Semangat, the earliest religion of the Malays was animism, and the most significant of indigenous Malay beliefs have to do with the idea of the soul. The earliest of these ideas come from animism, while the later ones derive from Hinduism, Buddhism, and Islam which in various ways succeeded animism but also accommodated it. Altogether, there are several words used in the Malay language for the equivalent of the English term “soul.” These may be divided into three broad categories.
There is firstly the belief in the universal substance or the lowest level of the soul, equivalent to the mana of the Polynesians, and said to be possessed by all animate beings such as plants , animals and human beings, as well as by certain other so-called inanimate objects and even places. This category of “soul” is known in Malay as semangat, which may be translated as vitality or even energy. It is the possession of semangat that makes certain parts of the human body deserving special care. Thus hair or finger- and toe-nails should not thrown about, for a person with evil intentions could, through causing harm to the hair and clippings of nails, cause harm to the person to whom they belong. This is known as sympathetic magic. Places, such as old lakes and rivers, graves and even open spaces sacred. Again it is the possession of semangat makes certain objects such as items of royal regalia, musical instruments or the keris sacred. The Malays are particular about how these objects are treated, for it is believed that if these objects are mistreated, then harm, such as illness, could come to those responsible. Popular belief sees semangat in some instances as being equivalent to spirits (jin or hantu). It is thus possible to understand why certain places such as ancient graves, abandoned lakes or rivers and old trees are also considered to be the places where spirits reside. One has to exercise particular caution when in the vicinity of such locations for fear of offending the spirits and thus inviting spirit attack.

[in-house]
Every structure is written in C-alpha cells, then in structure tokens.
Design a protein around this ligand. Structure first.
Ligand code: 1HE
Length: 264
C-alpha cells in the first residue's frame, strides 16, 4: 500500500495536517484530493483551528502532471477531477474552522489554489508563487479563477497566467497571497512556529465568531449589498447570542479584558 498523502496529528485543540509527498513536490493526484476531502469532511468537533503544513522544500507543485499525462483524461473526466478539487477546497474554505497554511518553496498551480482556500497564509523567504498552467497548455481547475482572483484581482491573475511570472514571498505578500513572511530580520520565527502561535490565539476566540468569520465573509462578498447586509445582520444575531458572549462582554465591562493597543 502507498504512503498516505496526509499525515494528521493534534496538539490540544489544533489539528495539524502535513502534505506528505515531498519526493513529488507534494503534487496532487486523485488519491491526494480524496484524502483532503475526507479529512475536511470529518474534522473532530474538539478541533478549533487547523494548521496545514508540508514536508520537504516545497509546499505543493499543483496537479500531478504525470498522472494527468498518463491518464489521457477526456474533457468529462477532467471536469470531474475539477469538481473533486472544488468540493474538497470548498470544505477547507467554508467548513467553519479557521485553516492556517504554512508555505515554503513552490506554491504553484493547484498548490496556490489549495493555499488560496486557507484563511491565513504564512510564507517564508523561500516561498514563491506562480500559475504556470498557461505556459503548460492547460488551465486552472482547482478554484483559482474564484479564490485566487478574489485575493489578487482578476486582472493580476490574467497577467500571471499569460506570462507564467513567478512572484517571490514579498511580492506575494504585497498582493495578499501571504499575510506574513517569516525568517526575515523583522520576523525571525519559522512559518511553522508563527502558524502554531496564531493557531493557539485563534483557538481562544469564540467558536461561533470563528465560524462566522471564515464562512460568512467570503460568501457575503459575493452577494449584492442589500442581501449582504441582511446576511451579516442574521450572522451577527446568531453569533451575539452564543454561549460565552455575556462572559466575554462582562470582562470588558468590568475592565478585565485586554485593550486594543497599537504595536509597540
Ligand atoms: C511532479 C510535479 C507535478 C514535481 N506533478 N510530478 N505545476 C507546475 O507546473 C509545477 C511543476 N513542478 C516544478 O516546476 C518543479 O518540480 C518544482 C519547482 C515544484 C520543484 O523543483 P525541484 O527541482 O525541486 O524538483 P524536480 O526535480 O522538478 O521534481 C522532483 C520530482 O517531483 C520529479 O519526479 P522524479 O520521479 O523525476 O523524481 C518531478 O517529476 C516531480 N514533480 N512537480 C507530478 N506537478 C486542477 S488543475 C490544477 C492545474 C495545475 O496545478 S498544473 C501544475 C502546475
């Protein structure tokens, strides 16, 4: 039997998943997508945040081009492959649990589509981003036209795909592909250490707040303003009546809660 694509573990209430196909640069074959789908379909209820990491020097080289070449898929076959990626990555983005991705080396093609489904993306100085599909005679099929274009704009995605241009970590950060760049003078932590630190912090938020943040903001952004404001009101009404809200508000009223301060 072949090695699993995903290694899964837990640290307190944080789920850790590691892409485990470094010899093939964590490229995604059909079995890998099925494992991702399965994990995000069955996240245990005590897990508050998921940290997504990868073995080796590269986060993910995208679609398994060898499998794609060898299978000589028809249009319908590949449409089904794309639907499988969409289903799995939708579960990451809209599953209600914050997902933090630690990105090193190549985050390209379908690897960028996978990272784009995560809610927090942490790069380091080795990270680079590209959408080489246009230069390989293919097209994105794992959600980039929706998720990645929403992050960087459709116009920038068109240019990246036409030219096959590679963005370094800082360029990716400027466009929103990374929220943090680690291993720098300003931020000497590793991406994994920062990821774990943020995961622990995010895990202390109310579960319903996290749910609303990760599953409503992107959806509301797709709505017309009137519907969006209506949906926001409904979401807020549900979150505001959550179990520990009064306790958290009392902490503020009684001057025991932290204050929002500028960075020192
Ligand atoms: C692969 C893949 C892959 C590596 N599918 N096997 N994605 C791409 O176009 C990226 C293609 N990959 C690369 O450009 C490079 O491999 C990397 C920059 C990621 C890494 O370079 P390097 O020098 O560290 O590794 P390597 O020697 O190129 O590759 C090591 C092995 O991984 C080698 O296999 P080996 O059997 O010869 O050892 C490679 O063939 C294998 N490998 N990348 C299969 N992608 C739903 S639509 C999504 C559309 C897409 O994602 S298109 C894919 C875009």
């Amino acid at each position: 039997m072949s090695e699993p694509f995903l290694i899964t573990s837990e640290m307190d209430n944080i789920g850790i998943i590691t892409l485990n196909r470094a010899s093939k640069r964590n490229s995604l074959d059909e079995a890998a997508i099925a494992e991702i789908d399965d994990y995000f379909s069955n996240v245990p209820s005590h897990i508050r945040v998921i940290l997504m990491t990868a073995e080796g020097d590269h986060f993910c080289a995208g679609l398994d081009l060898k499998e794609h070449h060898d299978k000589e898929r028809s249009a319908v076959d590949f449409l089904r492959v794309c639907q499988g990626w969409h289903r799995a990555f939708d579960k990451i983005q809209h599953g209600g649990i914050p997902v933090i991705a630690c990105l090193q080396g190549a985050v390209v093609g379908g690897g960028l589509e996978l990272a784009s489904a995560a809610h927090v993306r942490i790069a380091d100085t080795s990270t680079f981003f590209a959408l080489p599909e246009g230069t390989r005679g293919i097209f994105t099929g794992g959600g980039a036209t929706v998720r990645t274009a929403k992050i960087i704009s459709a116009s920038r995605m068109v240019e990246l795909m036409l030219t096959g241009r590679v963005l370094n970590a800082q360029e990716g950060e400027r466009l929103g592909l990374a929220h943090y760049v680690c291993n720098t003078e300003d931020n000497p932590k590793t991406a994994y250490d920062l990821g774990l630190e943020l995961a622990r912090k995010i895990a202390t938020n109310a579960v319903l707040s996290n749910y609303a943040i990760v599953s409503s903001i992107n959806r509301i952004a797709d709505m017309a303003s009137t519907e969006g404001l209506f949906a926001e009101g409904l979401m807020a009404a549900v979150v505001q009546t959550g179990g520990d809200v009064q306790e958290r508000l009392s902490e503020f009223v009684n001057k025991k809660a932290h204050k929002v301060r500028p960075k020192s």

Semangat can be weakened or stolen through black magic and such soul-weakening or soul-loss results in serious illnesses, only curable through the efforts of a traditional medicine man or shaman (bomoh).
From the basic animistic level, the concept of soul or spirit then ascends among the Malays to pass through various concepts and terms such as jiwa, sokma derived collectively from Hinduism and Buddhism. Finally, the Malay, through Islam, has received and accepted concept of soul as found in the Semitic religious. The term for the higher soul, roh, is derived from the Arabic, and refers specifically the soul, which according to Islamic teaching, was breathed into the clay body of Adam by God on the day when the first Man was created. Thus while lower types of souls are possessed by plants and animals, the roh, present only in human beings, represents the highest possible type of soul.
In traditional Malay magic as well as in many of the every rituals and ceremonies that have to do with everyday problems in the villages, including those connected with the building of a house, harvesting or fishing as well as with disease and healing, the belief in semangat per se and in semangat manifested as spirits, plays a vital role.